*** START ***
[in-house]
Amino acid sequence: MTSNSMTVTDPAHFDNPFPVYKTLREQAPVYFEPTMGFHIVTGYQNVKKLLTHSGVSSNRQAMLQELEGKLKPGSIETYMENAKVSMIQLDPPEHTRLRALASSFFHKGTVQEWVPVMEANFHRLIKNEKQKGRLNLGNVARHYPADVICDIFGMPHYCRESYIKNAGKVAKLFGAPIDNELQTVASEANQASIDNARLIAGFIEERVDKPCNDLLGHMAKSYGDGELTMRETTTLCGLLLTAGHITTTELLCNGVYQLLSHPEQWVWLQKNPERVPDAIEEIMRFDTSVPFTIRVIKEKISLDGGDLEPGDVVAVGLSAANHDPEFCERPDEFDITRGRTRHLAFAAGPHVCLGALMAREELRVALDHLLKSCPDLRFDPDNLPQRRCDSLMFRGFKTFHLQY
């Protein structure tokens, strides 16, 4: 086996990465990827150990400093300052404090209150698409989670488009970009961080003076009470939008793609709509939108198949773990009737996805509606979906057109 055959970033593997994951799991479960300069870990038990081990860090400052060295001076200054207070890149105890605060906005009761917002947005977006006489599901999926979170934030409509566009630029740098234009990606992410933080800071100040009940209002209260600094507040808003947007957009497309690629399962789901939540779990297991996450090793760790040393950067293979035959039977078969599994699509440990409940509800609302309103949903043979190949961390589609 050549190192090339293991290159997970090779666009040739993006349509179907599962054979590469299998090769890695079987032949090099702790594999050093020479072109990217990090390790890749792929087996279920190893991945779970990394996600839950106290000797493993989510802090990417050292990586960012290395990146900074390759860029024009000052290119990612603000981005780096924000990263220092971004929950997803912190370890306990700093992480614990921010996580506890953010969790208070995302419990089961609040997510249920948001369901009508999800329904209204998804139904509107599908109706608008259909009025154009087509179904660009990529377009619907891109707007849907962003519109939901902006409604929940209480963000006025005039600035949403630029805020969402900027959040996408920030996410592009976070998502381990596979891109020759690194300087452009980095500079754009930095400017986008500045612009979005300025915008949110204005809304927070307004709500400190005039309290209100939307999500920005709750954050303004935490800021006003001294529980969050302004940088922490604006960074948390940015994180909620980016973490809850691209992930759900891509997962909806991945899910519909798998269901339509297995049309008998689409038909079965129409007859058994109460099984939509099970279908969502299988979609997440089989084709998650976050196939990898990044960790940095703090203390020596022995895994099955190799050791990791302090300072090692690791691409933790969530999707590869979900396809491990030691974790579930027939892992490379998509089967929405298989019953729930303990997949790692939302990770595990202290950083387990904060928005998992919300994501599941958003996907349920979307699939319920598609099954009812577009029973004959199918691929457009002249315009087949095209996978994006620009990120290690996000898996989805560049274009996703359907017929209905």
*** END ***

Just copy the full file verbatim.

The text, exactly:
[in-house]
Amino acid sequence: MTSNSMTVTDPAHFDNPFPVYKTLREQAPVYFEPTMGFHIVTGYQNVKKLLTHSGVSSNRQAMLQELEGKLKPGSIETYMENAKVSMIQLDPPEHTRLRALASSFFHKGTVQEWVPVMEANFHRLIKNEKQKGRLNLGNVARHYPADVICDIFGMPHYCRESYIKNAGKVAKLFGAPIDNELQTVASEANQASIDNARLIAGFIEERVDKPCNDLLGHMAKSYGDGELTMRETTTLCGLLLTAGHITTTELLCNGVYQLLSHPEQWVWLQKNPERVPDAIEEIMRFDTSVPFTIRVIKEKISLDGGDLEPGDVVAVGLSAANHDPEFCERPDEFDITRGRTRHLAFAAGPHVCLGALMAREELRVALDHLLKSCPDLRFDPDNLPQRRCDSLMFRGFKTFHLQY
């Protein structure tokens, strides 16, 4: 086996990465990827150990400093300052404090209150698409989670488009970009961080003076009470939008793609709509939108198949773990009737996805509606979906057109 055959970033593997994951799991479960300069870990038990081990860090400052060295001076200054207070890149105890605060906005009761917002947005977006006489599901999926979170934030409509566009630029740098234009990606992410933080800071100040009940209002209260600094507040808003947007957009497309690629399962789901939540779990297991996450090793760790040393950067293979035959039977078969599994699509440990409940509800609302309103949903043979190949961390589609 050549190192090339293991290159997970090779666009040739993006349509179907599962054979590469299998090769890695079987032949090099702790594999050093020479072109990217990090390790890749792929087996279920190893991945779970990394996600839950106290000797493993989510802090990417050292990586960012290395990146900074390759860029024009000052290119990612603000981005780096924000990263220092971004929950997803912190370890306990700093992480614990921010996580506890953010969790208070995302419990089961609040997510249920948001369901009508999800329904209204998804139904509107599908109706608008259909009025154009087509179904660009990529377009619907891109707007849907962003519109939901902006409604929940209480963000006025005039600035949403630029805020969402900027959040996408920030996410592009976070998502381990596979891109020759690194300087452009980095500079754009930095400017986008500045612009979005300025915008949110204005809304927070307004709500400190005039309290209100939307999500920005709750954050303004935490800021006003001294529980969050302004940088922490604006960074948390940015994180909620980016973490809850691209992930759900891509997962909806991945899910519909798998269901339509297995049309008998689409038909079965129409007859058994109460099984939509099970279908969502299988979609997440089989084709998650976050196939990898990044960790940095703090203390020596022995895994099955190799050791990791302090300072090692690791691409933790969530999707590869979900396809491990030691974790579930027939892992490379998509089967929405298989019953729930303990997949790692939302990770595990202290950083387990904060928005998992919300994501599941958003996907349920979307699939319920598609099954009812577009029973004959199918691929457009002249315009087949095209996978994006620009990120290690996000898996989805560049274009996703359907017929209905």